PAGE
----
akt2 10 years, 5 months ago

There are a lot of people that have access to very confidential information. Either thru their work or their spouses or friends work. This includes demographics, financial, criminal, medical records etc. These people need to keep their mouths shut, or at least not blog about it. When they do feel the need to tell everything they know, I hope they get caught. By whatever means necessary. No one would have any positive information regarding a so called death that involved heroin, unless they had seen lab results or something like that. I say the blogger was talking out their hat. If not they probably violated a HIPPA law.

azraiel 10 years, 5 months ago

Valkyrie and enforcer,

You are both incorrect in your assessment of this as a "free speech" issue. It is not. It is a free press issue, wherein anonymity is a very important consideration. Please read the first amendment--you'll find five (and a half) distinct and separate rights enumerated there. Perhaps a course on Constitutional law would help, as well. Until then, your suppositions are worse than useless--they simply confuse the issue and distract attention from the real issue.

azraiel 10 years, 5 months ago

Actually, upon second reading I see that the editorial writer framed it as a speech issue, which is really stupid. Someone should smack the person responsible upside the head.

The writer is attempting to engage public sympathy by invoking a right that everyone has (speech), whereas (as the maxim goes) only those who can afford a press have freedom of the press (no longer necessarily true with the internet, but maxims have a certain inertia).

Shame on the paper. It should be elucidating the issue, not obfuscating it. Someone give that writer a swift kick.

johnwoods 10 years, 5 months ago

The whining Journal-World needs to get its act together. If they want to claim that individuals posting comments are part of the news gathering and reporting business then make them post real names and addresses like you do for letters to the editor. You have two separate policies for the same function.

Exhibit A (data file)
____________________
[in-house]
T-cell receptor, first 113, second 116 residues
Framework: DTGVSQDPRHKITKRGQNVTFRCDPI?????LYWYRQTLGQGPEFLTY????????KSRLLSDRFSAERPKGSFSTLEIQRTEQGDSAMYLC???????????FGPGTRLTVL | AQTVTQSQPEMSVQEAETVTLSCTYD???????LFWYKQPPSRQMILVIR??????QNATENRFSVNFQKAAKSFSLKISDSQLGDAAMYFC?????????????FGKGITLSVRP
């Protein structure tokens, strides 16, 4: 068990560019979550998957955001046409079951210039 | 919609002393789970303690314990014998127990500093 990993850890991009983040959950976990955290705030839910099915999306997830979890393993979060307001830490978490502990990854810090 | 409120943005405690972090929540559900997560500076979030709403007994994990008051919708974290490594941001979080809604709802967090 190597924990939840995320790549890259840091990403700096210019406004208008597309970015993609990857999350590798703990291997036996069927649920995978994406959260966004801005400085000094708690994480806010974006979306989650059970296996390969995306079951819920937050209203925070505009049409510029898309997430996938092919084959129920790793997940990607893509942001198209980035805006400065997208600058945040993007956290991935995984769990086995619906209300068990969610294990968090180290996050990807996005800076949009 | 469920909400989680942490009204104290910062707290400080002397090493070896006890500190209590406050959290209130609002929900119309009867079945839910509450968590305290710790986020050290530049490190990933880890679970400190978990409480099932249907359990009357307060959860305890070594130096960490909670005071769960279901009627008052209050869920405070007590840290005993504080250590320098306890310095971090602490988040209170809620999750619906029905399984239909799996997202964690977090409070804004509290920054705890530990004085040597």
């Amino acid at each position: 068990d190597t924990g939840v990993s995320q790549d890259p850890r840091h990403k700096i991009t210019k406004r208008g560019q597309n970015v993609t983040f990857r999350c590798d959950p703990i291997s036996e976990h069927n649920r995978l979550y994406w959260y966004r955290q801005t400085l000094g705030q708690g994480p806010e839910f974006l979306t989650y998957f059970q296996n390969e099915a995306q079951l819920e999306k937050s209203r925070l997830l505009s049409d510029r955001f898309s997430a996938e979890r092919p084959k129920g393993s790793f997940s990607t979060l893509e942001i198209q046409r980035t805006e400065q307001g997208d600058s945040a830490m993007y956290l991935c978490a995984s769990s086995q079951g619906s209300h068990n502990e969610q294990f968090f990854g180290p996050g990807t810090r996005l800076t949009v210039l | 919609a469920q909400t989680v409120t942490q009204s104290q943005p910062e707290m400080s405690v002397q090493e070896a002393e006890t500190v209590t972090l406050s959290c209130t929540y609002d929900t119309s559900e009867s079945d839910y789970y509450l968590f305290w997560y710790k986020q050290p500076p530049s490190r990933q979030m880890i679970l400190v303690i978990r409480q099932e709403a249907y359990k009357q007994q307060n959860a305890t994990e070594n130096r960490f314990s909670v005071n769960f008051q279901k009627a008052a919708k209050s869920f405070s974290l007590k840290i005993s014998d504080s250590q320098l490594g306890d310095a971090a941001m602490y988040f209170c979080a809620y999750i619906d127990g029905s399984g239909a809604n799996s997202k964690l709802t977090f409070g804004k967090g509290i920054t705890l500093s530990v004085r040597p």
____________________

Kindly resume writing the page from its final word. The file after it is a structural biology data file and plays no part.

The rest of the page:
It is a stretch to state that the postings are news-gathering related and not entertainment.

fu7il3 10 years, 5 months ago

Which is what bothers me. Why is ljworld trying so hard to make this an issue. This is the same article, slighty more opinion (but not much) as yesterday. There is no new information. Yet here it is, the World Company trying to make itself look like the shining beacon of freedom on a hill when this investigator apparently never even attempted to the force the issue. The investigator left, and never came back.

So where is this sledgehammer approach I keep reading about? I'm really sort of sick of reading about it. It just comes off a whiny and excessive considering no more than apparently happened.

BlackVelvet 10 years, 5 months ago

Don't you realize, fu7il3, that in this town, anything the Police do is automatically wrong and a deliberate violation of someone's rights. It's what cops do. What's wrong with you anyway?

justthefacts 10 years, 5 months ago

Warning; I am departing from "just the facts" to express a personal opinion:

I find it interesting that any media outlet fights providing their records to anyone when they are the first and loudest to scream FOUL any time anyone denies them access to records or information! The door swings both ways people. If you want privacy, you need to give it to others. If you think you should get to see/know everything, then be prepared to have that rule cover you also! The media believes it can wisely decide what should become public and what should not. But they do not trust the court system or police to do the same? Huh? Since when are reporters and their editors more ethical then the courts or cops?